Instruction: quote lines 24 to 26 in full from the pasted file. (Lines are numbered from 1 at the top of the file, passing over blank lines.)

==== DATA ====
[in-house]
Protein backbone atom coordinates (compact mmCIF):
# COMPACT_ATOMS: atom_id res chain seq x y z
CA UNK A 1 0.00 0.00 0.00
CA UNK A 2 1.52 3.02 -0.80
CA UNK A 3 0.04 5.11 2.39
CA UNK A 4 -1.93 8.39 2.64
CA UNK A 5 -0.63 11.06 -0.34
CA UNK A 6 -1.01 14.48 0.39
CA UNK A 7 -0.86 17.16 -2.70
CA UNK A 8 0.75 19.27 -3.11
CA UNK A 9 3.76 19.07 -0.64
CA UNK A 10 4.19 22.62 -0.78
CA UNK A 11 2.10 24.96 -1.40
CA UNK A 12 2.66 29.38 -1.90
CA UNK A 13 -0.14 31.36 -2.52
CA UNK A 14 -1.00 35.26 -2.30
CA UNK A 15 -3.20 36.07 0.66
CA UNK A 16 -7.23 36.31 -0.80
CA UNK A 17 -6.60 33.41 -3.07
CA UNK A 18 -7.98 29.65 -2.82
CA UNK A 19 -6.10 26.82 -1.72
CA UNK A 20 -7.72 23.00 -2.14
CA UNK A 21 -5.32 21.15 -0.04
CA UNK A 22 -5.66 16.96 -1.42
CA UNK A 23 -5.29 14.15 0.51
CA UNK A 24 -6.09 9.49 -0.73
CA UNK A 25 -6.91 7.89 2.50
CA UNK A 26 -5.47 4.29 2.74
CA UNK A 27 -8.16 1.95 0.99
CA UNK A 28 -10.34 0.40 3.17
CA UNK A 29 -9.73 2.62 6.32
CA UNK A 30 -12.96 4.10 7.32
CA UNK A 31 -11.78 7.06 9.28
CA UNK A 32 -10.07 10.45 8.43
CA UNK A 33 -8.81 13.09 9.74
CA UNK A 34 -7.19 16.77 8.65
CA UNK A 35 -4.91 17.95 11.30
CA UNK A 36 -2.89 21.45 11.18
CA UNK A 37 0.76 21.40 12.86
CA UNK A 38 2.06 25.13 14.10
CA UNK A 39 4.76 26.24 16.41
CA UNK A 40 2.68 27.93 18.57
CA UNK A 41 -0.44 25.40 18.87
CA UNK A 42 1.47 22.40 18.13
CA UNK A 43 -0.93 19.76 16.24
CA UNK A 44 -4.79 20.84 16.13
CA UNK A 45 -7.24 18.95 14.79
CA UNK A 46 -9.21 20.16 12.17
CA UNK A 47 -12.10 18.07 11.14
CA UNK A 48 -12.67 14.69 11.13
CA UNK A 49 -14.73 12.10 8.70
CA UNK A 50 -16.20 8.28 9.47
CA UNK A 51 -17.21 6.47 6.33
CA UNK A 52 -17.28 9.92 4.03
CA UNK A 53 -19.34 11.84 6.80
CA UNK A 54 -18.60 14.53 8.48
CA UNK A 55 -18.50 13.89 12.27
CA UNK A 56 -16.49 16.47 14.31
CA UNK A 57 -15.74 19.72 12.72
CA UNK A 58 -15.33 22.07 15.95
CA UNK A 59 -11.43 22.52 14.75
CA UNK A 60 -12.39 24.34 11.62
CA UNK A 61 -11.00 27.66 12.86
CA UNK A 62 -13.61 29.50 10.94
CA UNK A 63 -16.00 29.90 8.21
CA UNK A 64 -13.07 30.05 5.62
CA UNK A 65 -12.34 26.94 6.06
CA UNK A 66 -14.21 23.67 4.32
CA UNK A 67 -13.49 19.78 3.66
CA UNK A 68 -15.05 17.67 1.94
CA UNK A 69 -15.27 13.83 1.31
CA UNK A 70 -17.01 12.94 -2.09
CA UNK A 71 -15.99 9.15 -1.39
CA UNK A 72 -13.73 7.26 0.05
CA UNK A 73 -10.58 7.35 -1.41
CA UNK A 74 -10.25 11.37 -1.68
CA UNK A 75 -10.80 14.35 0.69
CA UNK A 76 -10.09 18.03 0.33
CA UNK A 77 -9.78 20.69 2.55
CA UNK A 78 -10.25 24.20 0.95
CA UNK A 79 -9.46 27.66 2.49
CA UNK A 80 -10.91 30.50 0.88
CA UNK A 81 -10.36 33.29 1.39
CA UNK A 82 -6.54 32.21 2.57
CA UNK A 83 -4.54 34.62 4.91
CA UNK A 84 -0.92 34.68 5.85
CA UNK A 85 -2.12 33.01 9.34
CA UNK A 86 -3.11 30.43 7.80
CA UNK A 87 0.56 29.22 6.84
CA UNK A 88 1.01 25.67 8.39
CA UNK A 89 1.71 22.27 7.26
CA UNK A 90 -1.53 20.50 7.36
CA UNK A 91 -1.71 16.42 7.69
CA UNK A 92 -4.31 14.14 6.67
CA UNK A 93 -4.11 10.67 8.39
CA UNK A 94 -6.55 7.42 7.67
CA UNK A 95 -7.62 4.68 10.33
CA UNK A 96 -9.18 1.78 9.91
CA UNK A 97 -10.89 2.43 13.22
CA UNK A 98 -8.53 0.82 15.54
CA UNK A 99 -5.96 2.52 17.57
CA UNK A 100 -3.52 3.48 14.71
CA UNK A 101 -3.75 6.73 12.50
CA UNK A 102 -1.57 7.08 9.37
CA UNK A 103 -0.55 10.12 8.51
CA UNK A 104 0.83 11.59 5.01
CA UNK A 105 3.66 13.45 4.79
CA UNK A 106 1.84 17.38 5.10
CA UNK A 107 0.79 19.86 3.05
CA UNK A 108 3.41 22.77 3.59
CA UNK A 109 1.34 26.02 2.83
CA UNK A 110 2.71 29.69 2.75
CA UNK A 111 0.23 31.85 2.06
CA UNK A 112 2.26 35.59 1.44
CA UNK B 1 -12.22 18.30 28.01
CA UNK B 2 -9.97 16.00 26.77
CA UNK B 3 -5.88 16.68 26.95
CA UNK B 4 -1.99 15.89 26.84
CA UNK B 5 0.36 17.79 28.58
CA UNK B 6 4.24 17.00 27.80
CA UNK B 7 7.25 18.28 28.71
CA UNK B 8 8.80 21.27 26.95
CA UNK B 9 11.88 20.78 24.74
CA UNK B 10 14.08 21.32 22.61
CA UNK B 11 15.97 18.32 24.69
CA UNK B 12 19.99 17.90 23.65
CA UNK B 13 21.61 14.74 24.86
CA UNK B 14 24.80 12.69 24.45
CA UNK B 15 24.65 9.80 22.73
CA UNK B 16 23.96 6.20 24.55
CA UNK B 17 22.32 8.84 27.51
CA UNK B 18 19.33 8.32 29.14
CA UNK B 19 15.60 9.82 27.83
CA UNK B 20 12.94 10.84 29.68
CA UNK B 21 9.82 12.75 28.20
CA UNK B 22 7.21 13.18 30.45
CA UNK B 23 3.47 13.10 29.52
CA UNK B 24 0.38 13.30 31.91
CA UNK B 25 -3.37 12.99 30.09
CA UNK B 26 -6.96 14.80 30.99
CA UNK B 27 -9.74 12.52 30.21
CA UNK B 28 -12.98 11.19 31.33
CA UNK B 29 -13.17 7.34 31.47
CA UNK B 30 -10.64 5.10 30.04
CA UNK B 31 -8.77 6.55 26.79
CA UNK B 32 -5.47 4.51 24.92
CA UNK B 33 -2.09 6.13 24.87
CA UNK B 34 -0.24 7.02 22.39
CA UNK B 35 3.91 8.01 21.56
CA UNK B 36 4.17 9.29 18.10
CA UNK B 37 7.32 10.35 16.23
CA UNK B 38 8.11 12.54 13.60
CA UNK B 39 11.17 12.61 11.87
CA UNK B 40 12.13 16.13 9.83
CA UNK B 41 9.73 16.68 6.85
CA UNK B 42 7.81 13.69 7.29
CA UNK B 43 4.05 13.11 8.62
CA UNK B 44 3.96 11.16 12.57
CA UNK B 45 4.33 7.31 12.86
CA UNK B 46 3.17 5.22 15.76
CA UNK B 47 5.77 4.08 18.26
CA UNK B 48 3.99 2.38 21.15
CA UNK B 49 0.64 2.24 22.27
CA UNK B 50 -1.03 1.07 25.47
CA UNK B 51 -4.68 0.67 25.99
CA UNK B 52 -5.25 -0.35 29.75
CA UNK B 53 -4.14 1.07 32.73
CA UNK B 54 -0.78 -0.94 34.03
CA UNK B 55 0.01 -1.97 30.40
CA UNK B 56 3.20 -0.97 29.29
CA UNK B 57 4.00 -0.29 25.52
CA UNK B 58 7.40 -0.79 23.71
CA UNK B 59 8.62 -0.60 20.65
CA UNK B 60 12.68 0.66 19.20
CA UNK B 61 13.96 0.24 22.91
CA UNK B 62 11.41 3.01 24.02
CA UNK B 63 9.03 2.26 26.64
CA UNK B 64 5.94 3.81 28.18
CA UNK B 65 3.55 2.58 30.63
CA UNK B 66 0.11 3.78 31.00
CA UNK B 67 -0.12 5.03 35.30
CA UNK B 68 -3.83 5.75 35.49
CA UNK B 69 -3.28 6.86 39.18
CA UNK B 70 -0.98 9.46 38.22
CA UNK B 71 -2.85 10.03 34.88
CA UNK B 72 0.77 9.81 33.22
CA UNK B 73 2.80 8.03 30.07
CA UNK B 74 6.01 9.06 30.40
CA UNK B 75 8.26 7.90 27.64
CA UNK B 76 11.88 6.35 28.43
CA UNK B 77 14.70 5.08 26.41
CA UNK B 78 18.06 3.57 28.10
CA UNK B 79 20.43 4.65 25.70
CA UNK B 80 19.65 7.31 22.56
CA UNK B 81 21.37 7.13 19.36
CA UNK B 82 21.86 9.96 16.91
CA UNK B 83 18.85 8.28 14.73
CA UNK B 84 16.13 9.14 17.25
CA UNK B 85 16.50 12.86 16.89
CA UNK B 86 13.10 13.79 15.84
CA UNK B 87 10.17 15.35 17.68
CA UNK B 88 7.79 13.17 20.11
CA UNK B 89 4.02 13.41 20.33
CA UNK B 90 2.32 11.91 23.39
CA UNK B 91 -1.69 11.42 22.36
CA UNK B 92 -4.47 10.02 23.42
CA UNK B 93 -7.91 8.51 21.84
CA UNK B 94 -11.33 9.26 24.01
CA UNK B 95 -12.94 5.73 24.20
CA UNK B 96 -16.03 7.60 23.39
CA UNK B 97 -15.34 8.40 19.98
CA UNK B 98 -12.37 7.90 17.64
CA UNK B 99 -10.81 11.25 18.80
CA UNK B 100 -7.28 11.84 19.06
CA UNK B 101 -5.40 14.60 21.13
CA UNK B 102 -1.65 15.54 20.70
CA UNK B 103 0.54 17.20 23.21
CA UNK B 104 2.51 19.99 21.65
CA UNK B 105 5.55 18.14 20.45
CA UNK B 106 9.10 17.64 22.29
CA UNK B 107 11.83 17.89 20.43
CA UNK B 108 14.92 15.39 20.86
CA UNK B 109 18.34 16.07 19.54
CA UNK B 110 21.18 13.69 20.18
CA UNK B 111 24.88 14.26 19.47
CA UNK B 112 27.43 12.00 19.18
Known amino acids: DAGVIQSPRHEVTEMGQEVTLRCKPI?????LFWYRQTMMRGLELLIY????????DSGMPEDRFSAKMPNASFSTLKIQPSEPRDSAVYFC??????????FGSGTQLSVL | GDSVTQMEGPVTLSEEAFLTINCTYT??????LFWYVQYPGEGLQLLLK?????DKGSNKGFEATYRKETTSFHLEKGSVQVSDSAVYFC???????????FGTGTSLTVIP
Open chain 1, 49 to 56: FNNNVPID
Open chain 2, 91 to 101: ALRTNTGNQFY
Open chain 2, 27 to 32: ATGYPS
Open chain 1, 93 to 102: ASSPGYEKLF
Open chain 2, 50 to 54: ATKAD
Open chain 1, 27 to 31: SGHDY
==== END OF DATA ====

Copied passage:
CA UNK A 21 -5.32 21.15 -0.04
CA UNK A 22 -5.66 16.96 -1.42
CA UNK A 23 -5.29 14.15 0.51